He wears many hats, but interestingly, each of those is related to his vested interest in guiding and supporting the development of youths at varying levels! Gregory Sloane-Seale currently heads the Citizen Security Programme, an initiative of the Ministry of National Security, whose objective is to contribute to the reduction of crime and violence in over 90 “high needs” pilot communities throughout Trinidad and Tobago. He is the holder of a BA in Sociology and Psychology from the University of Windsor, Canada and an MSc. in Organizational Management and Leadership from Springfield College, Massachussetts, USA.
Sloane-Seale’s passion first started in 1989 when he worked in a Residential Care Facility in Canada for Juvenile Delinquents. In describing this experience, he explained “these youths were affected by a lack of positive support and networking, as well as lack of opportunities, which resulted in poor choices.”
Sloane-Seale’s return to Trinidad and Tobago in 1994, resulted in volunteer work with “Families in Action.” That experience revealed that Trinidad and Tobago is not as proactive in social services particularly in treating with risk factors that affect youths. Sloane-Seale admitted “there was an absence of peer counselors which is a crucial element in transitioning Trinidad and Tobago into a more progressive society.” Whilst working with Families in Action, he also visited St. Vincent De Paul once weekly to provide support to displaced youths.
Interestingly, in 1995, whilst visiting St. Vincent De Paul’s “Drop-In Centre”, Sloane-Seale learnt of the YMCA’s plan to set up a programme for “Street Children.” He explained “this was an ideal opportunity for me to do what I do best so I applied for the Co-ordinator’s position and successfully managed the programme for eleven (11) years.”
Sloane-Seale’s experience at the YMCA bore some very important lessons which must not go unnoticed. “A common view expressed by participants in this programme is that they mistrusted adults, but despite this view, they possessed a warmth which they were willing to share.” Sloane-Seale admitted that this programme created a safe and supportive mental and social space for these “street children”; something they had never experienced before! He explained “the programme was designed to reinforce the positives, not to be abusive nor contro9lling, and to promote and acknowledge good things within an asset-building framework.”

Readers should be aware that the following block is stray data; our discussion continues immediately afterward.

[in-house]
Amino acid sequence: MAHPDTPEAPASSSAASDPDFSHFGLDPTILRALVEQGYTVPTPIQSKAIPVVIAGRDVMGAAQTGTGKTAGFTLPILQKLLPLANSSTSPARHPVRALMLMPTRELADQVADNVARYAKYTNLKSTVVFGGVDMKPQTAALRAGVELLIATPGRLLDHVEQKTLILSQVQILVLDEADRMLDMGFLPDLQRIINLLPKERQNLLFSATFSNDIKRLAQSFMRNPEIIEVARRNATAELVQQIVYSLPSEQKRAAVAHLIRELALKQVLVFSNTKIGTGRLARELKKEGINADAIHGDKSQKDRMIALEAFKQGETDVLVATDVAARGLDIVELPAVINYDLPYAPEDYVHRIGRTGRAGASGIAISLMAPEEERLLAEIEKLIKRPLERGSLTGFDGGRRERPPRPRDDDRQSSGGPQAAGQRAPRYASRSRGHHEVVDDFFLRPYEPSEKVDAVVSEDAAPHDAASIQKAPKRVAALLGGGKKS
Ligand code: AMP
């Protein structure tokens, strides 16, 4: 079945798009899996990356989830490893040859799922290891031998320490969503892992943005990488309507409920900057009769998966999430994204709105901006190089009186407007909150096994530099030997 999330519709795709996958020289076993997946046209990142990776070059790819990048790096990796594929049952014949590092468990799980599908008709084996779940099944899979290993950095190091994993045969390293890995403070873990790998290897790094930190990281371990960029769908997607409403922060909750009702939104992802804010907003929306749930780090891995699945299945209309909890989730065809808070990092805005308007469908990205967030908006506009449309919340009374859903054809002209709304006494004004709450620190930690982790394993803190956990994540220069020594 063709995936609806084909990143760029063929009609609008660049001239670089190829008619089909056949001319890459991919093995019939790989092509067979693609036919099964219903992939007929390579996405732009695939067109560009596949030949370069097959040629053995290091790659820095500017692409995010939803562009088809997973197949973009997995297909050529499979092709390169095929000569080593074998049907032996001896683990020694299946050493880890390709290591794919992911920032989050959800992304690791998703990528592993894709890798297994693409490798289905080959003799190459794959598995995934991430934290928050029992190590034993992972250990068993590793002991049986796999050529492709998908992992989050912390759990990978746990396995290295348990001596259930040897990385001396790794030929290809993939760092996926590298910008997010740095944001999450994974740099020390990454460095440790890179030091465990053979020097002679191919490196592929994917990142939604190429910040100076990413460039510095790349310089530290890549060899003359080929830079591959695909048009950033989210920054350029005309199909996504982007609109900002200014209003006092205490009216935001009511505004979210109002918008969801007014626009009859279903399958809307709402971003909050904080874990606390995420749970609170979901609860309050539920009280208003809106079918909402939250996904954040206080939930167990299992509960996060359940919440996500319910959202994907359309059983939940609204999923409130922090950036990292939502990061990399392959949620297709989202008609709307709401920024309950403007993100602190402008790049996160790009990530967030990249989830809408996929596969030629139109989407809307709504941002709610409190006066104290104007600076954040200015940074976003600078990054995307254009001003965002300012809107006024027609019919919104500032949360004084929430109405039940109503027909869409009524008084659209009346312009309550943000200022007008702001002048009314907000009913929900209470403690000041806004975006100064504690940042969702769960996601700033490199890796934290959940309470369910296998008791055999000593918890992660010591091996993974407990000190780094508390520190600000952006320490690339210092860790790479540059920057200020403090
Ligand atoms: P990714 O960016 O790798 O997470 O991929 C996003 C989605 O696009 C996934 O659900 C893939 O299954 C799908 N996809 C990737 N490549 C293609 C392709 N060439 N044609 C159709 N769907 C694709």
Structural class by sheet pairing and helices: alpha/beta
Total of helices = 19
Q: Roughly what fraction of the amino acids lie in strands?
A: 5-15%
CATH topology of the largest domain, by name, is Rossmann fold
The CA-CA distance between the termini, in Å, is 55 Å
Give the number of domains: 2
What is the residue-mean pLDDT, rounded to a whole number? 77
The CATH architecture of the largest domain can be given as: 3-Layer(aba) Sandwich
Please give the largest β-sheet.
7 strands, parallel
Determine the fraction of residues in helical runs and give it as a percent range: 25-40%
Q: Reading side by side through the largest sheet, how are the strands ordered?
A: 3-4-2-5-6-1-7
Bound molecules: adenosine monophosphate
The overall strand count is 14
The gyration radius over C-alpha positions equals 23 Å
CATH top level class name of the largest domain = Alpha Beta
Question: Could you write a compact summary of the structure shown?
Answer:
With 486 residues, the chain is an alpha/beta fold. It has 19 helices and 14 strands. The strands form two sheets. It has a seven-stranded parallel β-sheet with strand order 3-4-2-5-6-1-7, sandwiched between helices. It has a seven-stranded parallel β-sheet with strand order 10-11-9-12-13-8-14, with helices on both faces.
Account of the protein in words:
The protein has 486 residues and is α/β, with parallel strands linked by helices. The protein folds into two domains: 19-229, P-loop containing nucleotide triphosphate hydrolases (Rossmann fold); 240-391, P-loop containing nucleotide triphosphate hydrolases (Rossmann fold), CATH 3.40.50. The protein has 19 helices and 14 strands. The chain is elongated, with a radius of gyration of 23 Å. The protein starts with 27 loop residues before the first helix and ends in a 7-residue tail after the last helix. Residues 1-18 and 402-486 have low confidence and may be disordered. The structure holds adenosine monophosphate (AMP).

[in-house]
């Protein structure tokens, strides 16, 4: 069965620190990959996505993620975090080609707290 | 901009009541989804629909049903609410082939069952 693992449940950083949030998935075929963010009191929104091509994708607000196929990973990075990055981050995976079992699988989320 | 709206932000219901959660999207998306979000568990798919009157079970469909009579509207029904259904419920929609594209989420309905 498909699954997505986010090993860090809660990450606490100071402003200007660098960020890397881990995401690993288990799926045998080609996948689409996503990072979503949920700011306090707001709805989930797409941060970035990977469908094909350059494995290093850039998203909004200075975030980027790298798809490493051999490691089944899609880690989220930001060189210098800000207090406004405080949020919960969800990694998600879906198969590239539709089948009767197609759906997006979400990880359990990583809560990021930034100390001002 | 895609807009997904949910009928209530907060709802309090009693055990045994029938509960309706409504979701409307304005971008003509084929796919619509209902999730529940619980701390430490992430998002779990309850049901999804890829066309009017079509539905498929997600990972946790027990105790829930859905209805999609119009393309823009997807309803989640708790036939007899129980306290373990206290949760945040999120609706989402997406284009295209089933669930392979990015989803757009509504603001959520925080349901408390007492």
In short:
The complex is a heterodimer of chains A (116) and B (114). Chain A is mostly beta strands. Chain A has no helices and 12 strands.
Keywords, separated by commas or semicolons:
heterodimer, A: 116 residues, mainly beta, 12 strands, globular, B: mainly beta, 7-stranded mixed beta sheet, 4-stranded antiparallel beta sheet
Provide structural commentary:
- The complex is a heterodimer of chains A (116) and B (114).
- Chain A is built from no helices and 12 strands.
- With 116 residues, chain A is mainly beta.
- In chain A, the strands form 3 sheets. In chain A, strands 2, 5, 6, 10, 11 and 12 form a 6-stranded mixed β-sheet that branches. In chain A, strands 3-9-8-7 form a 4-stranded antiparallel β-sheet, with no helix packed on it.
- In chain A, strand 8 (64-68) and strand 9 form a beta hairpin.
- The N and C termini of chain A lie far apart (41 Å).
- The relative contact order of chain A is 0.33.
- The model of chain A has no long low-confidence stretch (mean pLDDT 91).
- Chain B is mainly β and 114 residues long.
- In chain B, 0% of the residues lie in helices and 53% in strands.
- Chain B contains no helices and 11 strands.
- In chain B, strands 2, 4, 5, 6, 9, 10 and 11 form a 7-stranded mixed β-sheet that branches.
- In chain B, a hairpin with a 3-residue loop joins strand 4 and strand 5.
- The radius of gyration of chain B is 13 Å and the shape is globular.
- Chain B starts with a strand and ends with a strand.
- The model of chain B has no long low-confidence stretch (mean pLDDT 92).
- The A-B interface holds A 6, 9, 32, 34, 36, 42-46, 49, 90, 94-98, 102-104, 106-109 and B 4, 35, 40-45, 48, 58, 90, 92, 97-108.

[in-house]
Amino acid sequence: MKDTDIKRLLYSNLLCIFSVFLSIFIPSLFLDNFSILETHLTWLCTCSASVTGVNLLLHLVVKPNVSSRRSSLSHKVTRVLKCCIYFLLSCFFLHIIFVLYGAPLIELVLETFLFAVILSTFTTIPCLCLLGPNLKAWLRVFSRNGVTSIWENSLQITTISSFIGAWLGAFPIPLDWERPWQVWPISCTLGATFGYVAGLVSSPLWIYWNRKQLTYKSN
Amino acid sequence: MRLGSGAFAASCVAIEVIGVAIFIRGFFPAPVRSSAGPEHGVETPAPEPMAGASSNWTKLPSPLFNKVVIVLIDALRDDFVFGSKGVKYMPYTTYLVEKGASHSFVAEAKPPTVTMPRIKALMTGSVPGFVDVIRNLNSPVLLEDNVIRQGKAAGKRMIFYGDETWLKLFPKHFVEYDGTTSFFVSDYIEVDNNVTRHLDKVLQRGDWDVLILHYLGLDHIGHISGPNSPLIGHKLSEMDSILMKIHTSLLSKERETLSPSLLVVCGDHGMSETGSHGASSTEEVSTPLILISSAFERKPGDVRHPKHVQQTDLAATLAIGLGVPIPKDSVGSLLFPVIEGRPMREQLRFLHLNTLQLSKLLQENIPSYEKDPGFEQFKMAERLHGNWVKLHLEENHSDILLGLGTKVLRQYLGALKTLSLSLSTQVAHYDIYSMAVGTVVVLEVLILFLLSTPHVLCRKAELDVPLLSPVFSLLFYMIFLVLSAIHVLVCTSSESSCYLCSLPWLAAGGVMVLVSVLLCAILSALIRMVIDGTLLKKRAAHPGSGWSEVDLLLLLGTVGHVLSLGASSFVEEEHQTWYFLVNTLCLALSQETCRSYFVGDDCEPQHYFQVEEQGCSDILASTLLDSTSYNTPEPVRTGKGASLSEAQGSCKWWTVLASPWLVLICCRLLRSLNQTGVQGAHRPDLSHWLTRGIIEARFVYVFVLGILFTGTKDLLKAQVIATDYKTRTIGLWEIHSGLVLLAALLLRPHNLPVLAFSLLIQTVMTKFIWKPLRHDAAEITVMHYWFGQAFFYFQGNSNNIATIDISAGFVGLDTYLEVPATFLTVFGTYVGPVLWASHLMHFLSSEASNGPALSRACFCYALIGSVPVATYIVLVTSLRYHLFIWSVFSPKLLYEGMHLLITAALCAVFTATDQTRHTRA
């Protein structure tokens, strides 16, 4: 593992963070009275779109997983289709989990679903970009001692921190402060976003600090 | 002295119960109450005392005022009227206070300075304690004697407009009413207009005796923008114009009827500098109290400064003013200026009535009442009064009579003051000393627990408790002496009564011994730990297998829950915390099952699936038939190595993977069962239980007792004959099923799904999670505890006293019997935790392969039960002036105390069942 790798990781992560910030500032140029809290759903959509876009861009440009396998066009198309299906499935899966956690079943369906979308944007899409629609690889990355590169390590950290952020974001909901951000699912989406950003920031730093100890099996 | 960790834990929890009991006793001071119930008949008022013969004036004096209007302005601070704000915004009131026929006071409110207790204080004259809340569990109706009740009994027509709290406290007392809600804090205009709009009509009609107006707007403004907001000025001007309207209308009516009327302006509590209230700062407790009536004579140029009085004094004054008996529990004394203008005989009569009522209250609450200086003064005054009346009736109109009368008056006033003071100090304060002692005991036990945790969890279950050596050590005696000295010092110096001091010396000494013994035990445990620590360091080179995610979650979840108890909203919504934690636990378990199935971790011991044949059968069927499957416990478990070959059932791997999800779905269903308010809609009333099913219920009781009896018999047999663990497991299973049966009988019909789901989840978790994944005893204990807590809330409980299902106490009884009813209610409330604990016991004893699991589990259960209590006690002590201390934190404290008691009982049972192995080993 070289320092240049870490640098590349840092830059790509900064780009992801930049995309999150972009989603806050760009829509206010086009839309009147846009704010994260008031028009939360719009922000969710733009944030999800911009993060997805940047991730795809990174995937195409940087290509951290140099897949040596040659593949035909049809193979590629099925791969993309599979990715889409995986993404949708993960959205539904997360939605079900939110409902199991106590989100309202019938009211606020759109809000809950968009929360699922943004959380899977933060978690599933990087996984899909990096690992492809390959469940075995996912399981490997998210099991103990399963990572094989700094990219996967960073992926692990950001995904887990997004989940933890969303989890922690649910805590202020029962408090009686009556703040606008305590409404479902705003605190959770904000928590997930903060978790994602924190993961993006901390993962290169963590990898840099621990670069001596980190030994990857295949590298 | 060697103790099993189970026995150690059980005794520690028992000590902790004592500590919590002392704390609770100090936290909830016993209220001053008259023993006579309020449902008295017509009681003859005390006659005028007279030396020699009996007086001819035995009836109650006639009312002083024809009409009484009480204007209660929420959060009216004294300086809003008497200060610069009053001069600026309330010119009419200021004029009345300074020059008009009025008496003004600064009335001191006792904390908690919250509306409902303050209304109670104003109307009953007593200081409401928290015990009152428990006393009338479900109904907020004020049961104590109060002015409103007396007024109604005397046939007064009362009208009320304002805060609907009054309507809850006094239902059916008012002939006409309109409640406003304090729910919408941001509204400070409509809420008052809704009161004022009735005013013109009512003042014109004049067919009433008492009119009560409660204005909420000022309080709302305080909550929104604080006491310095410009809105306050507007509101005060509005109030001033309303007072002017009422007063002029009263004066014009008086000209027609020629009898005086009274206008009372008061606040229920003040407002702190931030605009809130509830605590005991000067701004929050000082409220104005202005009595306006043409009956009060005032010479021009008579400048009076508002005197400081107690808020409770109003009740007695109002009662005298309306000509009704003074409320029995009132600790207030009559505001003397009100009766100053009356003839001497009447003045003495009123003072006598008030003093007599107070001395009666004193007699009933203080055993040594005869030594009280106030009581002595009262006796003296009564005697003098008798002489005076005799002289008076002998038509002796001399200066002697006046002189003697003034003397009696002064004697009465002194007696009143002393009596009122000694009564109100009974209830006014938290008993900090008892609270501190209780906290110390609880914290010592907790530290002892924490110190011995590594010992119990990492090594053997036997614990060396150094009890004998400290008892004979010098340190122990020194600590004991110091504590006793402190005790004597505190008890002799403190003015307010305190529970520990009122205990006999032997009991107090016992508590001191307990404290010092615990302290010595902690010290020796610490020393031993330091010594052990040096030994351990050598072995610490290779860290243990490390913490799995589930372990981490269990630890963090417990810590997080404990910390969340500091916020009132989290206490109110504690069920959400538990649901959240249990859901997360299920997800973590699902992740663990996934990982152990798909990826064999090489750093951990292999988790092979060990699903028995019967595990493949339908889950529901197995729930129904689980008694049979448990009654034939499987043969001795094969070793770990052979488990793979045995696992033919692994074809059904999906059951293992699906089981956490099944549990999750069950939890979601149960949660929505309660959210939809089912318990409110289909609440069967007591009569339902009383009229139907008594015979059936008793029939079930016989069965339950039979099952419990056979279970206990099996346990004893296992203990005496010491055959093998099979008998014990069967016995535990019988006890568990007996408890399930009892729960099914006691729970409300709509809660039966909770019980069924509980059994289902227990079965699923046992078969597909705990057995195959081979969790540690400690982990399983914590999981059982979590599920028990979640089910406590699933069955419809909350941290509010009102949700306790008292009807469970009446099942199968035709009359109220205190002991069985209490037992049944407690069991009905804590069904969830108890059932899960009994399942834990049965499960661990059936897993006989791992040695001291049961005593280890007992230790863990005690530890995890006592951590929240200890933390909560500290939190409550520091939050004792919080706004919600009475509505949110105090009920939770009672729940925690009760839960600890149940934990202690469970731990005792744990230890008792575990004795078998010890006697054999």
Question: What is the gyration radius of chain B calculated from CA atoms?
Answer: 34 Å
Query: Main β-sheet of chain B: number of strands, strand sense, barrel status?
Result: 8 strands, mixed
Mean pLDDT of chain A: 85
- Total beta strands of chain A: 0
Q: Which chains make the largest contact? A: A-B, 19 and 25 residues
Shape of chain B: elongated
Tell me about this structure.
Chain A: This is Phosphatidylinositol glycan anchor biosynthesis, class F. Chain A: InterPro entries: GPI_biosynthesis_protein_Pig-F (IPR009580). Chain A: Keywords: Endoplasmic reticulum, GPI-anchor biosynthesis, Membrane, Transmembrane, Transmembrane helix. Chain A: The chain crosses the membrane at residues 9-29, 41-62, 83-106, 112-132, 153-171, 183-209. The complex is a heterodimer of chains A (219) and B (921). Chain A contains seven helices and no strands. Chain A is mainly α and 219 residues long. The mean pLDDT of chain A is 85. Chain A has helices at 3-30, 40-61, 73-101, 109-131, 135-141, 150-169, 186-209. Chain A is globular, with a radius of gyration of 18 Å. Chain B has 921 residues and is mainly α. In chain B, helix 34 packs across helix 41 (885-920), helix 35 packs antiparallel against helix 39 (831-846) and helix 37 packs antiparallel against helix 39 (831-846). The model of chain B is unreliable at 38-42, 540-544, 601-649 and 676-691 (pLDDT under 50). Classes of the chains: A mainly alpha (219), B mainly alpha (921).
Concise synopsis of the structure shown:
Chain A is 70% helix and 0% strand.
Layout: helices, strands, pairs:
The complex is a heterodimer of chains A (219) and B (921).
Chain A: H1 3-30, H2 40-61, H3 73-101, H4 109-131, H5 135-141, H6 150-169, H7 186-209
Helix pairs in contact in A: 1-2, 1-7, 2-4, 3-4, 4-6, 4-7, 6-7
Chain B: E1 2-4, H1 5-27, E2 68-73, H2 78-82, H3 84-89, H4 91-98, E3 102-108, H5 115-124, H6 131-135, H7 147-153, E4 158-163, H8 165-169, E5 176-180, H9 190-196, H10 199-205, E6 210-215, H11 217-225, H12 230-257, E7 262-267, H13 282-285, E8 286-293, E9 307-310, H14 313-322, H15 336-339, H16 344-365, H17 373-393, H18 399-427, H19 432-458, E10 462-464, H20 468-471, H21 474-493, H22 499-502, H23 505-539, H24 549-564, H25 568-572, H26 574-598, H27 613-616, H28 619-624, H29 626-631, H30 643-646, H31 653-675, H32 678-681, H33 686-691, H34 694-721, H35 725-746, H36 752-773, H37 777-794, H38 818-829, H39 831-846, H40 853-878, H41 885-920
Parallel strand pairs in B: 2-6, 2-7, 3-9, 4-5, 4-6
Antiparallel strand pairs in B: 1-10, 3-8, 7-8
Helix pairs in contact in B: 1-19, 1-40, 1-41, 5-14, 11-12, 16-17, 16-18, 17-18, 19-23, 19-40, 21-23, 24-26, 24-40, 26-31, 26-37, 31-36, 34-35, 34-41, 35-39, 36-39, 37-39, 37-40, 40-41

The greatest strength of this initiative, was its ability to influence others to share in the experience. As Sloane-Seale puts it “there was no need to promote the programme as the impact of the programme was evident amongst its participants who promoted it, by introducing other youths who were in difficult circumstances to join.” He strongly believes that more options should be made available that would allow adults who work with youths to be able to better understand why they behave and react in ways that they do, based on a particular set of circumstances.
Sloane-Seale also believes that the vision for youths has become blurred by bureaucratic challenges.
“There needs to be youth-friendly spaces or centres with the capability to facilitate their development, particularly for those who are disenfranchised; the authoritative approach has now become antiquated, unresponsive to our times, and does not allow for the development of critical thinking and self-regulation”.
Sloane-Seale alluded to the fact that from the age of 5-7 years, adults should be able to engage children in a manner that can promote logical thinking.
The issue of sexual and reproductive health is also critical to youth development. “Lack of public awareness coupled with the absence of a sustainable programme in schools and other designated spaces, prohibits youths from making informed choices” said Sloane-Seale. Throughout his daily interactions with youths, there are two (2) common trends of thoughts – they feel abused and taken for granted??
In going forward, Sloane-Seale continues to advocate for change in the way individuals and institutions including parents, caregivers and authority figures think, in relation to how youths should be treated. He is convinced that before positive changes can be totally visible in youths, adults need to introspect and initiative change within themselves.
Written by: Sandrine Rattan